Though inviting public comment on a policy change is new for the department, the city has often invited public comment on proposed policies. While the comment period might discourage the perception that city officials are acting unilaterally, nothing binds Johnson to bend to the demands of officers or the public.
The department hopes to adopt the rules by the end of the year and then train the city’s roughly 12,000 sworn officers by spring, a potential change for a department that has sometimes shifted policy with little fanfare and has previously provided scant training to officers after the academy.
The proposed rules are geared toward giving options to officers to avoid using heavy force, even if state law or legal precedent would allow it, Johnson said.
“Can you use force? Yes. But should you? Maybe not. There may be other alternatives that you can utilize so that you don’t have to use deadly force,” Johnson told reporters.
Dean Angelo Sr., president of Chicago’s Fraternal Order of Police lodge, said police have used de-escalation tactics for years. The draft rules, he said, are the department’s reaction to critics who know little about police work.
“Until they put on a uniform and get into that car, they have no idea,” he said.
The ability of any new policy to bring change will depend partly on enforcement, and aldermen on Wednesday passed Emanuel’s plan to replace the city’s beleaguered Independent Police Review Authority with the Civilian Office of Police Accountability. Recent Tribune investigations have shown IPRA has been sluggish and reluctant to find officers at fault, even when compelling evidence suggested wrongdoing. COPA is promised to have more funding and greater authority.
Sharon Fairley, the former federal prosecutor Emanuel appointed to run IPRA as the policing controversy erupted, called on the department this summer to revise its use of force policies, including in ways similar to the provisions in the new draft rules. Tightening the rules would give the city’s disciplinary authorities greater leeway to suspend or fire officers after shootings — a step the city has rarely taken.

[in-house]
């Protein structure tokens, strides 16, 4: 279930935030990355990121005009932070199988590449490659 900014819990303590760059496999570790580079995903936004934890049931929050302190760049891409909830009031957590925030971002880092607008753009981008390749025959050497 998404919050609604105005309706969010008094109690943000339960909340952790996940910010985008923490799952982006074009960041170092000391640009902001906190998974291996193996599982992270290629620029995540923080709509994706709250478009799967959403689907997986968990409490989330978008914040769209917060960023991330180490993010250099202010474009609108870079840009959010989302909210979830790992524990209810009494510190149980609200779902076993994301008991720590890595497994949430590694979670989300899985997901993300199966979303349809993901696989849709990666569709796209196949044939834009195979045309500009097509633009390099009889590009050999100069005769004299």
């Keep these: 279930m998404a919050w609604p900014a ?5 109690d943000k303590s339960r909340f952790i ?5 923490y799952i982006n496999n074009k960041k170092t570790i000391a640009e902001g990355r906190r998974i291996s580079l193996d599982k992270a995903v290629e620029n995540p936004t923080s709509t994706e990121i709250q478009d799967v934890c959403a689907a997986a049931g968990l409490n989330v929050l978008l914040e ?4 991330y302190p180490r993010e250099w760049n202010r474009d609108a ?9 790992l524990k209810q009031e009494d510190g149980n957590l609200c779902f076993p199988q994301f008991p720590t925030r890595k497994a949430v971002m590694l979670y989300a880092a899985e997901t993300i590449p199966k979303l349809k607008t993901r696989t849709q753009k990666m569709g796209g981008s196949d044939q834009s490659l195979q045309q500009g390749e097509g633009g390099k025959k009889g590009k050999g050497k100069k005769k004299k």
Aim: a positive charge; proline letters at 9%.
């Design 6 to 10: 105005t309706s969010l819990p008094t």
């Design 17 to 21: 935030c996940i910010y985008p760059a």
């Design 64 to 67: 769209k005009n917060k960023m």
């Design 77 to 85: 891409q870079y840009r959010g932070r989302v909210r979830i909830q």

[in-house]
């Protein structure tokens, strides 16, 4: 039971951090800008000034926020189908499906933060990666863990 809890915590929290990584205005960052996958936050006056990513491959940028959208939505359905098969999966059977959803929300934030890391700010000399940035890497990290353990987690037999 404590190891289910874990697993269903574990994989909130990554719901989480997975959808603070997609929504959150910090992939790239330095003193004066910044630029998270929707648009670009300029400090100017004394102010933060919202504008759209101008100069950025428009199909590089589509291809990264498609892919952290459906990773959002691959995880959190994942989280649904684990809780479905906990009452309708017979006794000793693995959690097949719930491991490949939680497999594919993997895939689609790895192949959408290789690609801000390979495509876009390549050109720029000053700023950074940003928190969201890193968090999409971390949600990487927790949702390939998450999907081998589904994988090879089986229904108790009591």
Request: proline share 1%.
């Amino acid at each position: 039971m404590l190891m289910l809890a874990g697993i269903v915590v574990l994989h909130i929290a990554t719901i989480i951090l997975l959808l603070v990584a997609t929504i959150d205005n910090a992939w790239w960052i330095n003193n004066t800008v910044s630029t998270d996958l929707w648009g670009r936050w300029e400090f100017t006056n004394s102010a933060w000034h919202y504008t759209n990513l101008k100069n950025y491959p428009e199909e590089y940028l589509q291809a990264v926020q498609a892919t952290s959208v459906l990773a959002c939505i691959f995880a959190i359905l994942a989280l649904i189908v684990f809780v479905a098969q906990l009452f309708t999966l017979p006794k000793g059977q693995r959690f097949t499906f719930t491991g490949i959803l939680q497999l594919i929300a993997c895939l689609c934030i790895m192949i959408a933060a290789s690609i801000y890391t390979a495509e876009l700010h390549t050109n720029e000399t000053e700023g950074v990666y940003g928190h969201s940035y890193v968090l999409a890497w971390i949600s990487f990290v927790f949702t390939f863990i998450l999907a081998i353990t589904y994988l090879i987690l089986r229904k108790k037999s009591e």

The new policies prominently state that the department’s rules are stricter than Supreme Court case law on police uses of force, specifying that officers use the lightest necessary force when attempts to defuse the situation fail. Mandatory de-escalation training started last month for all department officers.
The draft rules hold that an officer must intervene if another officer is wrongly using force. Though the department already has a rule against lying, the draft rules specify that officers must truthfully describe uses of force. In the McDonald shooting, numerous officers stood by as Van Dyke fired again and again, and the department has moved to fire several officers whose reports clashed with the account captured on the video.
Chuck Wexler, the executive director of the Police Executive Research Forum, credited the draft rules for adopting widely accepted best practices. He called the proposed policy “impressive and state of the art.”
Alpert, however, said departments have been going beyond “the minimal Constitutional floor” in their use of force rules for decades. He said other cities have adopted new force rules because of forward-thinking leadership — or because they were forced to change by federal authorities investigating past abuses.
“This is something Chicago should have done years ago,” Alpert said. “These aren’t reforms that are going to make anyone say, ‘Wow, this is a really taking the bull by the horns.'”